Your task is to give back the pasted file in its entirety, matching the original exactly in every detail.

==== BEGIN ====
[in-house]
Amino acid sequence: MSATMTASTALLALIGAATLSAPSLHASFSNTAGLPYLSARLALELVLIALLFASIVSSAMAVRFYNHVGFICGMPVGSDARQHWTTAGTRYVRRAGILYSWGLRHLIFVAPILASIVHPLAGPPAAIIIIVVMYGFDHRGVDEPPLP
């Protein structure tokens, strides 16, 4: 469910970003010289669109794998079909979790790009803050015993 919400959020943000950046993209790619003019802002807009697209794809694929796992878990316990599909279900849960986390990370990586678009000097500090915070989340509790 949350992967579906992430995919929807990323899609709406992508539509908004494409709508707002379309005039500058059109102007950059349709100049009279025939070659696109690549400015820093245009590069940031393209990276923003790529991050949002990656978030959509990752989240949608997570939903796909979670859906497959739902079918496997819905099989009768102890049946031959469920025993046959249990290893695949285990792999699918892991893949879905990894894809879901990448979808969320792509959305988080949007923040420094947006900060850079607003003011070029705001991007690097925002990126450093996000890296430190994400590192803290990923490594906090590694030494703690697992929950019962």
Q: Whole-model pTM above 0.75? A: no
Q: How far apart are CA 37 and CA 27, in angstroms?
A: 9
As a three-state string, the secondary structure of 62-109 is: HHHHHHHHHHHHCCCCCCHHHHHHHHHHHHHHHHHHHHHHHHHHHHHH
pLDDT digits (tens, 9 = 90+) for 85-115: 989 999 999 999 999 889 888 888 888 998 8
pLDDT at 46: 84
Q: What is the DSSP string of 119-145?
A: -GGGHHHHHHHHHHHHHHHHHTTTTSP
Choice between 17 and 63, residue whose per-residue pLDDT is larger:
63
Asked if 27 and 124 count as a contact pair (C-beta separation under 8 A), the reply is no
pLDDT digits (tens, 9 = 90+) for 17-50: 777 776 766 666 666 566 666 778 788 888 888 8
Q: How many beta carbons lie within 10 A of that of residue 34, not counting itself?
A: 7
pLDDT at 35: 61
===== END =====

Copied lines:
[in-house]
Amino acid sequence: MSATMTASTALLALIGAATLSAPSLHASFSNTAGLPYLSARLALELVLIALLFASIVSSAMAVRFYNHVGFICGMPVGSDARQHWTTAGTRYVRRAGILYSWGLRHLIFVAPILASIVHPLAGPPAAIIIIVVMYGFDHRGVDEPPLP
């Protein structure tokens, strides 16, 4: 469910970003010289669109794998079909979790790009803050015993 919400959020943000950046993209790619003019802002807009697209794809694929796992878990316990599909279900849960986390990370990586678009000097500090915070989340509790 949350992967579906992430995919929807990323899609709406992508539509908004494409709508707002379309005039500058059109102007950059349709100049009279025939070659696109690549400015820093245009590069940031393209990276923003790529991050949002990656978030959509990752989240949608997570939903796909979670859906497959739902079918496997819905099989009768102890049946031959469920025993046959249990290893695949285990792999699918892991893949879905990894894809879901990448979808969320792509959305988080949007923040420094947006900060850079607003003011070029705001991007690097925002990126450093996000890296430190994400590192803290990923490594906090590694030494703690697992929950019962």
Q: Whole-model pTM above 0.75? A: no
Q: How far apart are CA 37 and CA 27, in angstroms?
A: 9
As a three-state string, the secondary structure of 62-109 is: HHHHHHHHHHHHCCCCCCHHHHHHHHHHHHHHHHHHHHHHHHHHHHHH
pLDDT digits (tens, 9 = 90+) for 85-115: 989 999 999 999 999 889 888 888 888 998 8
pLDDT at 46: 84
Q: What is the DSSP string of 119-145?
A: -GGGHHHHHHHHHHHHHHHHHTTTTSP
Choice between 17 and 63, residue whose per-residue pLDDT is larger:
63
Asked if 27 and 124 count as a contact pair (C-beta separation under 8 A), the reply is no
pLDDT digits (tens, 9 = 90+) for 17-50: 777 776 766 666 666 566 666 778 788 888 888 8
Q: How many beta carbons lie within 10 A of that of residue 34, not counting itself?
A: 7
pLDDT at 35: 61